Writer Louis Adamic

. . . [W]bile we were at breakfast, the doorbell rang. Thinking it was the postman, I did not press the button which would open the outside door, but, as usual, went out to get the mail.

Instead of the postman, however, I was confronted by two children: a girl, as we learned afterward, of ten and a boy of eight. Not very adequate for the season and weather, their clothing was patched but clean. They carried school books.

"Excuse me, Mister," said the girl in a voice that sounded older than she looked, "but we have no eats in our house and my mother she said I should take my brother before we go to school and ring a doorbell in some house" she swallowed heavily and took a deep breath "and ask you to give us something to eat."…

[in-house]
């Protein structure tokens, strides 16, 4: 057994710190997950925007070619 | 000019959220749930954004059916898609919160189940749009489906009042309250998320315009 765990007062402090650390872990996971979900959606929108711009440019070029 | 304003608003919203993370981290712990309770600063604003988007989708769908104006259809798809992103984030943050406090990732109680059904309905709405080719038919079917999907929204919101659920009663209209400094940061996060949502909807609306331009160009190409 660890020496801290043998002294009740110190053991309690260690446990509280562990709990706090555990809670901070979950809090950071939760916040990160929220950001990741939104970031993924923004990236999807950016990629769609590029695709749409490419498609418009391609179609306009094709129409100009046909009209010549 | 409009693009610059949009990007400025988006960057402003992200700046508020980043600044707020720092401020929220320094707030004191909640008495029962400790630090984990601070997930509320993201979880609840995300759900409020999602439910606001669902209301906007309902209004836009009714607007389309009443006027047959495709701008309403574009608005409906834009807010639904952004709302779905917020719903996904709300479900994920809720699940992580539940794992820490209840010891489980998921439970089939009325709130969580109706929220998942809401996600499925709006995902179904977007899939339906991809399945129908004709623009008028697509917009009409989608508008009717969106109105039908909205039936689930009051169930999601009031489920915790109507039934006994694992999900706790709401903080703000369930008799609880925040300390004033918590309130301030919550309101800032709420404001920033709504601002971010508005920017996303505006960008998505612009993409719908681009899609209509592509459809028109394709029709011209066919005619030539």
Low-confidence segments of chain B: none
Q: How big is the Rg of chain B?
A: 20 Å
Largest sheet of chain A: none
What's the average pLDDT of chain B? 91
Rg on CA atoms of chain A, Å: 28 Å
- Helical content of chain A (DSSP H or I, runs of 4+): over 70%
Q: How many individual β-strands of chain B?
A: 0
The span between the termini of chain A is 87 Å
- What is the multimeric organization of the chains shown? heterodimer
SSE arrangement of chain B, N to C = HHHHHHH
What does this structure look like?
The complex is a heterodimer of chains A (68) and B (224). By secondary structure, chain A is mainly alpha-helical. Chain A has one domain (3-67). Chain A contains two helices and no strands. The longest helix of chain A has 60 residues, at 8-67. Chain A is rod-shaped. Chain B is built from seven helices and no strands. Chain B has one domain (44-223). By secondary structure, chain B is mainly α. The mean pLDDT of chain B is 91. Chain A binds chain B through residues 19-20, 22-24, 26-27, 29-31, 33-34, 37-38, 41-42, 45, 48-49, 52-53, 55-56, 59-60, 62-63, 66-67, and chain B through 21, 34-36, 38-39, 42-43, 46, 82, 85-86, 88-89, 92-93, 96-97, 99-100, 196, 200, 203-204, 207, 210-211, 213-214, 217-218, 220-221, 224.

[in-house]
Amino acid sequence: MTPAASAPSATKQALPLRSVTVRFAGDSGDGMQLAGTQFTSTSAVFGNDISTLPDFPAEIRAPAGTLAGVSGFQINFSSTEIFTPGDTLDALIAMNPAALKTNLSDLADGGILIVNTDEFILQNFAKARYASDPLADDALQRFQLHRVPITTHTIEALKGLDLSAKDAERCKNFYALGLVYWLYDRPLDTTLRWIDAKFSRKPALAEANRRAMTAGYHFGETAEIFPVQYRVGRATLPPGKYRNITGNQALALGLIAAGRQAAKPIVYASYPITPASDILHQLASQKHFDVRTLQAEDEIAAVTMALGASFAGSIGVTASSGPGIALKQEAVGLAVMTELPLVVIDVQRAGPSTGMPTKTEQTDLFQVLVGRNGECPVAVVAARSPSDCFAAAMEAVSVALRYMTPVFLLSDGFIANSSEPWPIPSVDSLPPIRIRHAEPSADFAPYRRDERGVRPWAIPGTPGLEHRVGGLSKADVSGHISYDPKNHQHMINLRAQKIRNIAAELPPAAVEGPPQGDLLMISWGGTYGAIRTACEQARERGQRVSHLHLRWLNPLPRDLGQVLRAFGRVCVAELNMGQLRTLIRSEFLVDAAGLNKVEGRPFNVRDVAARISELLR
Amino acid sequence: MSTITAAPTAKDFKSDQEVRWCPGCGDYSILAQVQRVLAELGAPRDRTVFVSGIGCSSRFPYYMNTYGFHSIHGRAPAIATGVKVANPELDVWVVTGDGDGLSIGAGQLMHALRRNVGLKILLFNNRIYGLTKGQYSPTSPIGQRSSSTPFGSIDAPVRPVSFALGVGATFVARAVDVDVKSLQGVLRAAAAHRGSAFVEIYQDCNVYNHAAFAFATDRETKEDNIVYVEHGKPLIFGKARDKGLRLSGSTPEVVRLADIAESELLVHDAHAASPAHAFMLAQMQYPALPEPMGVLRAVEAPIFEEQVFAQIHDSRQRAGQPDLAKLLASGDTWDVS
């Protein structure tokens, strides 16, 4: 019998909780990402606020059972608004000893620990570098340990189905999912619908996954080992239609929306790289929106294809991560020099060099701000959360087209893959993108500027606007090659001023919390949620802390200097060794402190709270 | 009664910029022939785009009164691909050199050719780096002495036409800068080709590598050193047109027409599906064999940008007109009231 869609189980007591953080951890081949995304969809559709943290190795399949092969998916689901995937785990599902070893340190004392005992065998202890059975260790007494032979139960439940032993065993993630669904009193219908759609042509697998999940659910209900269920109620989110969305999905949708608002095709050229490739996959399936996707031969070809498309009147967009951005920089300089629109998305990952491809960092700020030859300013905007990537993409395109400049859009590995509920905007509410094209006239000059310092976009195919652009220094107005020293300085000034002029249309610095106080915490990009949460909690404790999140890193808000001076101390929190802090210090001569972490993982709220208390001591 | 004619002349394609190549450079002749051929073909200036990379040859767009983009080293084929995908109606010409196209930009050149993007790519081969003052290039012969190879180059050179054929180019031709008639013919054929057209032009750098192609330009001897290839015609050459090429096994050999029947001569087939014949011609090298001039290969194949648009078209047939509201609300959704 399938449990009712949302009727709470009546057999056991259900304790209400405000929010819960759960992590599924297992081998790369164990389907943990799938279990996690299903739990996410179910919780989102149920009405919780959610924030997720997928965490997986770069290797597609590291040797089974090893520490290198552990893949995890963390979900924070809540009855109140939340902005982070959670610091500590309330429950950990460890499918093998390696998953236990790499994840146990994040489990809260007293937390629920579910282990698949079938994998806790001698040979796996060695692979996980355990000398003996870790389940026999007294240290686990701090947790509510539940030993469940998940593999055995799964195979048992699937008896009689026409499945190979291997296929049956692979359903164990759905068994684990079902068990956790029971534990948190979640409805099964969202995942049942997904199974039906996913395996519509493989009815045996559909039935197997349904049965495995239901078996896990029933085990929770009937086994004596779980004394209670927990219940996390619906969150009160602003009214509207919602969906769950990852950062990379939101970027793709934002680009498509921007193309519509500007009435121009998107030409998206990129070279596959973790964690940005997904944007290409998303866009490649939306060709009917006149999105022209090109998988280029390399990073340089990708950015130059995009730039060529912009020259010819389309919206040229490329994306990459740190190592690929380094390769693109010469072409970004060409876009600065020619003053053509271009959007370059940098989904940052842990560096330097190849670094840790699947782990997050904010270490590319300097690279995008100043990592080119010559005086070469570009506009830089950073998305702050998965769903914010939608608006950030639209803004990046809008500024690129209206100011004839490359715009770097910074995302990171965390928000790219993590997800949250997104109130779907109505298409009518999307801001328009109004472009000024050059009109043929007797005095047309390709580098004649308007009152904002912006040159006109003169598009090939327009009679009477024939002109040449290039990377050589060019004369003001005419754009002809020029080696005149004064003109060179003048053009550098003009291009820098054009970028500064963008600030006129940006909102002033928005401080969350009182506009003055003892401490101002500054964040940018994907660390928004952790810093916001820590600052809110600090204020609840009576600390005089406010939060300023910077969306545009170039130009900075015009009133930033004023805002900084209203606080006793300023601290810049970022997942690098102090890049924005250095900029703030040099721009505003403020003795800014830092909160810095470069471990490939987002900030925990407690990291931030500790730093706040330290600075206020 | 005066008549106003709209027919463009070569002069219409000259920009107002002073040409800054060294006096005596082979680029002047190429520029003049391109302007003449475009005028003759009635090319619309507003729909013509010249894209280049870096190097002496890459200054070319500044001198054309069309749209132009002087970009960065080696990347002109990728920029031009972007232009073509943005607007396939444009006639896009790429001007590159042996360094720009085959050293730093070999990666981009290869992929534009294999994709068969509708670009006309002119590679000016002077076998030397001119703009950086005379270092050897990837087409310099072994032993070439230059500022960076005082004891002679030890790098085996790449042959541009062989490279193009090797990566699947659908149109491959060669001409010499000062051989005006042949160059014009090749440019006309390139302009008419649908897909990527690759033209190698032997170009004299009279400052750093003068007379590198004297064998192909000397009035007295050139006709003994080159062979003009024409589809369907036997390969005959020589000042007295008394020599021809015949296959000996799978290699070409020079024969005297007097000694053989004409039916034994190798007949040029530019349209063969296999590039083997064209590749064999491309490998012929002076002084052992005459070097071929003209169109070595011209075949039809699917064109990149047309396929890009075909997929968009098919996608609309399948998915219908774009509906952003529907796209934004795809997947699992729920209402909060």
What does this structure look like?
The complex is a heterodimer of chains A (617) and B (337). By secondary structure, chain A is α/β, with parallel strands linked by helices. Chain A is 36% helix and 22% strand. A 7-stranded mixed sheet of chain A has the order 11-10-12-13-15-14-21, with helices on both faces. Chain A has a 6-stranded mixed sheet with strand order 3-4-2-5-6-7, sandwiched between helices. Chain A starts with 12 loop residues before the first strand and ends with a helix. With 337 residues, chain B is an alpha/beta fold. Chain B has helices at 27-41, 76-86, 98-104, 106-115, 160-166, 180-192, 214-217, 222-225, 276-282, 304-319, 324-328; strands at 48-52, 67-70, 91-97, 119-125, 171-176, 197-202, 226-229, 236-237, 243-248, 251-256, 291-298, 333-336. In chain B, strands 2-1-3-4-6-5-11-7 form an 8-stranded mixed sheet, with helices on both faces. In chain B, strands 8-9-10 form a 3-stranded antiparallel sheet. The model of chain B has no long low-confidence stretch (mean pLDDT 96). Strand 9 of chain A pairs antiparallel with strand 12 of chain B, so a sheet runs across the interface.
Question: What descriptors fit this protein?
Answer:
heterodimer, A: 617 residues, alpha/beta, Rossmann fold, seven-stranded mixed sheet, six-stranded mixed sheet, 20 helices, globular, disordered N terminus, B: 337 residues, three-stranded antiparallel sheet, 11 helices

The children were given food. The girl ate slowly; the boy quickly, greedily. He looked at no one and made no reply when Stella [Adamic's wife] or her mother asked him if he wanted more. When he got more food, he bolted it down rapidly.

The girl, however, answered every question directly, thoroughly, thoughtfully. Some of the information she volunteered ....

When her brother did not answer, she explained his silence. "He ate a banana yesterday afternoon, but it wasn't ripe enough or somethin', and it made him sick and he didn't eat anything since. He's always like this when he's hungry and we gotta ring doorbells."

. . . I studied the girl. She was tiny for her age, no doubt underweight, but appeared more an adult who had shrunk than a growing child. She was keen and knew more of the immediate world in which she found herself than people four times her age had known of the world they were living in before 1930.

Source: Louis Adamic, My America, 279, 280

Copyright Digital History 2021